It’s a peace treaty you dolt, not a work in progress subject to change. Clinton and the Obama administration treats the signed agreement like they treat the U.S. constitution, to mean anything that they want it to mean after the fact. Talk about a novice U.S. State Dept., these jokers are a laughing stock.
NOTE: November 2nd can’t come soon enough.
Clinton: And thirdly, we discussed Egypt’s role as a leader in the region. I commended the President for going to the African Union Summit to reassert Egyptian leadership in Africa and emphasized the importance of upholding Egypt’s international agreements. More than three decades ago, Egypt and Israel signed a treaty that has allowed a generation to grow up without knowing war. And on this foundation, we will work together to build a just, comprehensive, regional peace in the Middle East based on two states for two people with peace, security, and dignity for all.
Egyptians pelt Clinton motorcade with tomatoes
Sun, Jul 15 2012
By Arshad Mohammed and Marwa Awad
CAIRO (Reuters) – Protesters threw tomatoes and shoes at U.S. Secretary of State Hillary Clinton’s motorcade on Sunday during her first visit to Egypt since the election of Islamist President Mohamed Mursi.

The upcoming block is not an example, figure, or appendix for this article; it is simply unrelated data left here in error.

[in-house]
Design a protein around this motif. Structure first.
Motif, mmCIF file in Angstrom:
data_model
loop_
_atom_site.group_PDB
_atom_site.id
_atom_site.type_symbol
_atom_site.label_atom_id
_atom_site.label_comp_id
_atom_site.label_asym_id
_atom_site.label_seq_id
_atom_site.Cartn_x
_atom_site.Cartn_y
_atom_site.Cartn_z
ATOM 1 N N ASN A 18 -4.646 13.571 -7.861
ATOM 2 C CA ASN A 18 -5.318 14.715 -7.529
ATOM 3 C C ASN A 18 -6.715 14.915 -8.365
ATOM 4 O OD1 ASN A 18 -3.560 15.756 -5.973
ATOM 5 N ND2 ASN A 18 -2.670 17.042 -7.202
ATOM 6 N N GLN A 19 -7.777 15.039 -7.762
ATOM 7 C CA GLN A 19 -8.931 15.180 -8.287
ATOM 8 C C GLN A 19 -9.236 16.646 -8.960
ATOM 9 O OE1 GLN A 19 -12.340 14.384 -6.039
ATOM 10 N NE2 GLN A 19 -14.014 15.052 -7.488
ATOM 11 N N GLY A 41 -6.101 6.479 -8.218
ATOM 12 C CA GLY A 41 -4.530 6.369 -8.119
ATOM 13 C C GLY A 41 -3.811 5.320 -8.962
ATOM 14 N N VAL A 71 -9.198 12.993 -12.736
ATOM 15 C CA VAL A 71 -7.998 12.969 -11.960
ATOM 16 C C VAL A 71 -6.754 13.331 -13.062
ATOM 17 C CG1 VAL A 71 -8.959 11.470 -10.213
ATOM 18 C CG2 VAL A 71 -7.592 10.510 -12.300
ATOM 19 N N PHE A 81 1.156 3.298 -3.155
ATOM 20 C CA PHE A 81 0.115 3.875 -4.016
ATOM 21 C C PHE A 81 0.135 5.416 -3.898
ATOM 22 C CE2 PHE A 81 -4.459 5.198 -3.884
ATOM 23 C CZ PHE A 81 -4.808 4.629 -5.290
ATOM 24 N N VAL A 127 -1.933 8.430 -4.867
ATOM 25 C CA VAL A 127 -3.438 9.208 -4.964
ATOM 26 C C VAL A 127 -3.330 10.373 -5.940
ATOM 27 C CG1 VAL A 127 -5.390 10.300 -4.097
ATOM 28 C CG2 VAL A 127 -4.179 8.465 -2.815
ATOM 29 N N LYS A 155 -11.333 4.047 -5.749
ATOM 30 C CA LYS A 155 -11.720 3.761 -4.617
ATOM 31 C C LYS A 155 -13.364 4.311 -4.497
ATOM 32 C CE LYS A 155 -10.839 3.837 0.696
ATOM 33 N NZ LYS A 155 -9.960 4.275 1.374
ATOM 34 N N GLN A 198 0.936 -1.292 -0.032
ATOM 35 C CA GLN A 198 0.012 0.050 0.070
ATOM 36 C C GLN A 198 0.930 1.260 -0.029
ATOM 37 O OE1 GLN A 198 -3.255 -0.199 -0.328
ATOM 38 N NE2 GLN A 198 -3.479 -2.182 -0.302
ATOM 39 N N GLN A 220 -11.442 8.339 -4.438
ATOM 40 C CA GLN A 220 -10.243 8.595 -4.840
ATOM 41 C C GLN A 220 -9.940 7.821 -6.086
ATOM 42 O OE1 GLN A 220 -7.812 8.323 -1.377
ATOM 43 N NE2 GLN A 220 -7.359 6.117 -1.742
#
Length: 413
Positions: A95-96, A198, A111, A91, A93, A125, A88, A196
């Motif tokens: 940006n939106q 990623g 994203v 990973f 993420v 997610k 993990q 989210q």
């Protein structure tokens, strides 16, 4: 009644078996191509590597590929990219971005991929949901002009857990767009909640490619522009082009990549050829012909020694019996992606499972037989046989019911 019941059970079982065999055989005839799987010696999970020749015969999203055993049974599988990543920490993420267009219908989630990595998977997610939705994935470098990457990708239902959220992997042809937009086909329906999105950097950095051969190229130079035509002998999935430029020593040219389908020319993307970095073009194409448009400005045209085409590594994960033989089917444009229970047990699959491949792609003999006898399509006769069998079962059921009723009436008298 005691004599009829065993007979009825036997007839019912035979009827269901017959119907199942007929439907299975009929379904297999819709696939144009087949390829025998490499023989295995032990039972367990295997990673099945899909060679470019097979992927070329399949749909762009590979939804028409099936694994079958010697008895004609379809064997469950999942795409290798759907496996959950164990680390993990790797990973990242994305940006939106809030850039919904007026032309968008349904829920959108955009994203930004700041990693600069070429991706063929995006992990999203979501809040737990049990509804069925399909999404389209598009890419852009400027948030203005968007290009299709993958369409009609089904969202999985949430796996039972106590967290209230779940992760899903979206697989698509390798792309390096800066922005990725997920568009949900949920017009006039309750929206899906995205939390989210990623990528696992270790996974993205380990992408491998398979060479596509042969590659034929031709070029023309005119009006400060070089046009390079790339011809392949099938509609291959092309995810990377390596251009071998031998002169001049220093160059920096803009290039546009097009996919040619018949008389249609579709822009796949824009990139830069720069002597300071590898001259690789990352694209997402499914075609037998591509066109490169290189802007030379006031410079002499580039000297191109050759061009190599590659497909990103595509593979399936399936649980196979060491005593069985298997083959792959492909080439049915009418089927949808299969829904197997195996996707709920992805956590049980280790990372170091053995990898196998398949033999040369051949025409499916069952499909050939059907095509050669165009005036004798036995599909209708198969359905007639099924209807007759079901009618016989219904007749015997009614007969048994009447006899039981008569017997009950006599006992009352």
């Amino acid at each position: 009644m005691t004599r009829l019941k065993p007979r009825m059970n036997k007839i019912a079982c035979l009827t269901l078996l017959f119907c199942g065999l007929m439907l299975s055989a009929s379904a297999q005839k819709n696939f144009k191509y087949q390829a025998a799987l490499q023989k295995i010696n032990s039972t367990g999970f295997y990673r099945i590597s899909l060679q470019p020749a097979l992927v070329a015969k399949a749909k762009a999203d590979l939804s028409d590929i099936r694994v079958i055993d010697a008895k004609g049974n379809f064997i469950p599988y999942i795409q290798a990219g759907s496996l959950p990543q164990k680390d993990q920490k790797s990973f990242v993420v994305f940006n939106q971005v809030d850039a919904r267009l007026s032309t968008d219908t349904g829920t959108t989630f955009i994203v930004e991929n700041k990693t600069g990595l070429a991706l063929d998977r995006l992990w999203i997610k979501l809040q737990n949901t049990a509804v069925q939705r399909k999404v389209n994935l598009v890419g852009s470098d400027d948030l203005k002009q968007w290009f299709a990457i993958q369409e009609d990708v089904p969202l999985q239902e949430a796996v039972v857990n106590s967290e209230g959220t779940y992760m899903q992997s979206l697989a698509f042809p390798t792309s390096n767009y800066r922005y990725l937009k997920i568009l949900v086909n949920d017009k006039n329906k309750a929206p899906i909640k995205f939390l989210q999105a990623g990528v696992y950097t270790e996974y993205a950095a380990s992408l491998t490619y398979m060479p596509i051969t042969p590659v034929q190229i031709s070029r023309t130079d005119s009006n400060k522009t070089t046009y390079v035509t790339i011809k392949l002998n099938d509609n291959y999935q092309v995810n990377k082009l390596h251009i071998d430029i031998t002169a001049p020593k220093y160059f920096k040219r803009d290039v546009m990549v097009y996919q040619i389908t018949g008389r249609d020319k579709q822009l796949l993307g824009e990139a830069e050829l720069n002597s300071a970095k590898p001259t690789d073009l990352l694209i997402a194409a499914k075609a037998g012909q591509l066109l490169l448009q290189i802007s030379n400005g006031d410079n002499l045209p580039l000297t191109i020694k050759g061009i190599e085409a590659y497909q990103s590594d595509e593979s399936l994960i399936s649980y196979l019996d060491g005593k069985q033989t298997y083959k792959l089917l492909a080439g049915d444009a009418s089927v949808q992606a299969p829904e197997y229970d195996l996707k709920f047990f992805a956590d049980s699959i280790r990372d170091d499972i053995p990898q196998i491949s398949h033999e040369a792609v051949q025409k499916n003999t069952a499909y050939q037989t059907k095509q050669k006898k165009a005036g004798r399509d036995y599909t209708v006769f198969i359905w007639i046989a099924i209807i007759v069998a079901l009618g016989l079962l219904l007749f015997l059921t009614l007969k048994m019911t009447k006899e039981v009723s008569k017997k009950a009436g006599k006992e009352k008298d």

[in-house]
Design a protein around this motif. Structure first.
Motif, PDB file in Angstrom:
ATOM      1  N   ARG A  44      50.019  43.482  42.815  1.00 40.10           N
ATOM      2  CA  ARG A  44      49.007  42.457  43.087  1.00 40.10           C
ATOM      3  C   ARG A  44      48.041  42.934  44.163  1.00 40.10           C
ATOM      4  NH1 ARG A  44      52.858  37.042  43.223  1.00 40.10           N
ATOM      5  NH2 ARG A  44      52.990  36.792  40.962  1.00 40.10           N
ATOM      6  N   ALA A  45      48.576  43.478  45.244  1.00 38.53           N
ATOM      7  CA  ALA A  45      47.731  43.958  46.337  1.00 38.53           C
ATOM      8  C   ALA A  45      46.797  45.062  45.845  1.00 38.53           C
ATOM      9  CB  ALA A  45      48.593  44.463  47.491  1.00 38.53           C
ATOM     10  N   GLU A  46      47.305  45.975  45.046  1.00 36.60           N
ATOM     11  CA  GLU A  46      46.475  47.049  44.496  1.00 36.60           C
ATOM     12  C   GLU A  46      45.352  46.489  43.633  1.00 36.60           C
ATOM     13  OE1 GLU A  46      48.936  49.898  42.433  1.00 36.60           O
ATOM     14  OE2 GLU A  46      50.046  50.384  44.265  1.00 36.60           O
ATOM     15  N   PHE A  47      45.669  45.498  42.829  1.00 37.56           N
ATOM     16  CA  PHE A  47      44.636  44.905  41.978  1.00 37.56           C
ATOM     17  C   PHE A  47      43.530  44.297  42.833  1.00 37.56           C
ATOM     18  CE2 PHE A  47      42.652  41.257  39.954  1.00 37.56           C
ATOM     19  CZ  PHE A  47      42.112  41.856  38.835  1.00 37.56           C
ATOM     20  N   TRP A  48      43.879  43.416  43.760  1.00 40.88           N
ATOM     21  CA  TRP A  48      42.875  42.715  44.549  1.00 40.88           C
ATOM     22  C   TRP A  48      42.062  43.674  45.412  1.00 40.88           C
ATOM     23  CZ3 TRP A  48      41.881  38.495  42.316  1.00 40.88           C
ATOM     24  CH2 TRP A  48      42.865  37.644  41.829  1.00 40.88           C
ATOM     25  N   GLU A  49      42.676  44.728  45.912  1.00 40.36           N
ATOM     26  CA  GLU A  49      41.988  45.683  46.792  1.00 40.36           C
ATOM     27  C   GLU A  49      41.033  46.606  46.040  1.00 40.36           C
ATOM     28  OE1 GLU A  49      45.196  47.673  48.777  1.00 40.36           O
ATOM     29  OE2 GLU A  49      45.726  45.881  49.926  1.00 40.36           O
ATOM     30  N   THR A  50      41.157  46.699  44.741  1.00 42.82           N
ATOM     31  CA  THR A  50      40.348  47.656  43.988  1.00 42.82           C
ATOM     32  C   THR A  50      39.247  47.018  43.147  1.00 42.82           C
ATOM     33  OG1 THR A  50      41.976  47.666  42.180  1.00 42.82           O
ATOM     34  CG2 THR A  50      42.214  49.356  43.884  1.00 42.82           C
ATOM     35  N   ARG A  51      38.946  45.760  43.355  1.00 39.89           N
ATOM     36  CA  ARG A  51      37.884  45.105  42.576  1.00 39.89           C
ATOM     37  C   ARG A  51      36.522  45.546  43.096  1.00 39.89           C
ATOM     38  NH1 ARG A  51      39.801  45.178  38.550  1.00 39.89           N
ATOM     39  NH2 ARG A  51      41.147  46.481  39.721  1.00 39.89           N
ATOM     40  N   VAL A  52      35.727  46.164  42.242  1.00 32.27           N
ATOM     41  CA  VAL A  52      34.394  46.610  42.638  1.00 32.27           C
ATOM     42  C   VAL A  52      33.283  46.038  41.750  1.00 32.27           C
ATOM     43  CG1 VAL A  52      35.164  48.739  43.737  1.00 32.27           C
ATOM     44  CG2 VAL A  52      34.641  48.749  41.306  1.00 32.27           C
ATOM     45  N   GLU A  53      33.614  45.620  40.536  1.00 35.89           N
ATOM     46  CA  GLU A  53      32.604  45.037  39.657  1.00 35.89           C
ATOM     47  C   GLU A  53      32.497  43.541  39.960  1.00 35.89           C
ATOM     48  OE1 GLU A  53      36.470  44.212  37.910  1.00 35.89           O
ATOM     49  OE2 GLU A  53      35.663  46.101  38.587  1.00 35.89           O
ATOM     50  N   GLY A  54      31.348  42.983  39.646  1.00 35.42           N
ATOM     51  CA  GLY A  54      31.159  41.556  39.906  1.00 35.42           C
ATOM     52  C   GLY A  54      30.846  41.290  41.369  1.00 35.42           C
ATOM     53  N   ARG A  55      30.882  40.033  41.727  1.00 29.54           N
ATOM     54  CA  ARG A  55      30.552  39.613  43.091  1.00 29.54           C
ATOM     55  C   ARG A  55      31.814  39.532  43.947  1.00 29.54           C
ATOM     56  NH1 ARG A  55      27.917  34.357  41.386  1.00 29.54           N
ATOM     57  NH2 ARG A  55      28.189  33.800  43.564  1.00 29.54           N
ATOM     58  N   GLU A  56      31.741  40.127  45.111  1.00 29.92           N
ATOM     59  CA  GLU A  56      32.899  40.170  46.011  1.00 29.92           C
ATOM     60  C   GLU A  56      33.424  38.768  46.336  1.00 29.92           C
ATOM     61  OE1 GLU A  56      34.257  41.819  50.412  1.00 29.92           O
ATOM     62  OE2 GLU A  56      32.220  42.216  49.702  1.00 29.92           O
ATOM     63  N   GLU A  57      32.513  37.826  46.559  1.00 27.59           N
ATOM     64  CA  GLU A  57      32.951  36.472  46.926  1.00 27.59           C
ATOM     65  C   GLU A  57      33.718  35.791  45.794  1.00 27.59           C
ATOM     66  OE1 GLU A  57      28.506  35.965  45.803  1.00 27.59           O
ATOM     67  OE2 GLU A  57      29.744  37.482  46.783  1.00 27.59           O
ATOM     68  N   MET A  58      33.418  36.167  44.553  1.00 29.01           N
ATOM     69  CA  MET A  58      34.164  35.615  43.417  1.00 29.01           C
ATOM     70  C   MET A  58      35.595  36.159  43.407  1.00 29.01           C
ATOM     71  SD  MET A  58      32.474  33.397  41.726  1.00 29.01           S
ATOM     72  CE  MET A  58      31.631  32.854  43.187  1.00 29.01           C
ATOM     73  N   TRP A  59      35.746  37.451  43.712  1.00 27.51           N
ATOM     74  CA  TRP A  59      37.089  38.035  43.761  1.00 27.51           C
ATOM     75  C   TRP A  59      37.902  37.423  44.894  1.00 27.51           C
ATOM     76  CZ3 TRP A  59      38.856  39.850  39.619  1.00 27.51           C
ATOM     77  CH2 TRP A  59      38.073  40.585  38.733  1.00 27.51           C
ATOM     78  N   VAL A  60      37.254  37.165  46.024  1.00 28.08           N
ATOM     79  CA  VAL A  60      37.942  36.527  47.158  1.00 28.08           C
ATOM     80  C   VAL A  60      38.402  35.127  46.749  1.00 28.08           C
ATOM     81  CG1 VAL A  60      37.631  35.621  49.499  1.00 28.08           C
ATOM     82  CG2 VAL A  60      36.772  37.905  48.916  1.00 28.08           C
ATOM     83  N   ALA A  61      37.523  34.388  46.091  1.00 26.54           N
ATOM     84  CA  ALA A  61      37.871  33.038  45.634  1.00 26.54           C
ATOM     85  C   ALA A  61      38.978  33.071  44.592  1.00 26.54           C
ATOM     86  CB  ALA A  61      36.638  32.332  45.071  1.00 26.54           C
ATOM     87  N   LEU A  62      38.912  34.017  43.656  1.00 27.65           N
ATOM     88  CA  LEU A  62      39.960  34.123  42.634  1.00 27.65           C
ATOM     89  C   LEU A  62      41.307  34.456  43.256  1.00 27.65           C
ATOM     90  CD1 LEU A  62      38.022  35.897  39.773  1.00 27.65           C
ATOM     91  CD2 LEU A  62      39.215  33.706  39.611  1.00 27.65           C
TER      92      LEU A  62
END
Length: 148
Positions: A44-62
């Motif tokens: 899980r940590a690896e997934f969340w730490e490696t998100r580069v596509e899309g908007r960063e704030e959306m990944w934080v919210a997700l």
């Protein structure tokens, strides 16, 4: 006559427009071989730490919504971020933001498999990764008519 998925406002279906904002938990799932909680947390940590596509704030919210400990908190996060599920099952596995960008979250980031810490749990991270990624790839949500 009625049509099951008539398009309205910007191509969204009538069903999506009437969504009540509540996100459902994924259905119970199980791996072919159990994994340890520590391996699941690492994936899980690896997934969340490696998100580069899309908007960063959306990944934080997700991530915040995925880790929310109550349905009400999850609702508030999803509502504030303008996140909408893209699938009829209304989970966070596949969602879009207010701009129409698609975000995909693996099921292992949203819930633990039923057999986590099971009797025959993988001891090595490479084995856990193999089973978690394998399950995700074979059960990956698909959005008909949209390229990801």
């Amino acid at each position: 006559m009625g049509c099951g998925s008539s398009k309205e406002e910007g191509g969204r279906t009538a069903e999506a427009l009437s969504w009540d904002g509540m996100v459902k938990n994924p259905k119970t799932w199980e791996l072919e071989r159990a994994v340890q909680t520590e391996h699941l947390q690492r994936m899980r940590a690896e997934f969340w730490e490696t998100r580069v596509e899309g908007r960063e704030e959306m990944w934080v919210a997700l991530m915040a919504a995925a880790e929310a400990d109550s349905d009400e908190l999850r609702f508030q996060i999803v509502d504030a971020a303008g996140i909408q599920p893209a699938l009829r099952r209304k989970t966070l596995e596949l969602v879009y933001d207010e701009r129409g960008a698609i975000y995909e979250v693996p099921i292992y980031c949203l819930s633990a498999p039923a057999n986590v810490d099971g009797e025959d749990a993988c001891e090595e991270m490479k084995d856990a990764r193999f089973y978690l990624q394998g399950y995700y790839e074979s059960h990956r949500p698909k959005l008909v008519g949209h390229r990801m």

A tomato struck an Egyptian official in the face, and shoes and a water bottle landed near the armoured cars carrying Clinton’s delegation in the port city of Alexandria.
A senior state department official said that neither Clinton nor her vehicle, which were around the corner from the incident, were struck by any of the projectiles.
Protesters chanted: “Monica, Monica”, a reference to Former President Bill Clinton’s extra-marital affair. Some chanted: “leave, Clinton”, Egyptian security officials said.
It was not clear who the protesters were or what political affiliations they had. Protesters outside Clinton’s hotel on Saturday night chanted anti-Islamist slogans, accusing the United States of backing the Muslim Brotherhood’s rise to power.
The assault on her motorcade came on a day Clinton spoke at the newly re-opened U.S. consulate in Alexandria, addressing accusations the United States, which had long supported former President Hosni Mubarak, of backing one faction or another in Egypt following his ouster last year.
“I want to be clear that the United States is not in the business, in Egypt, of choosing winners and losers, even if we could, which of course we cannot,” Clinton said.
Clinton also met the country’s top general, Field Marshal Hussein Tantawi, on Sunday to discuss Egypt’s turbulent democratic transition as the military wrestles for influence with the new president.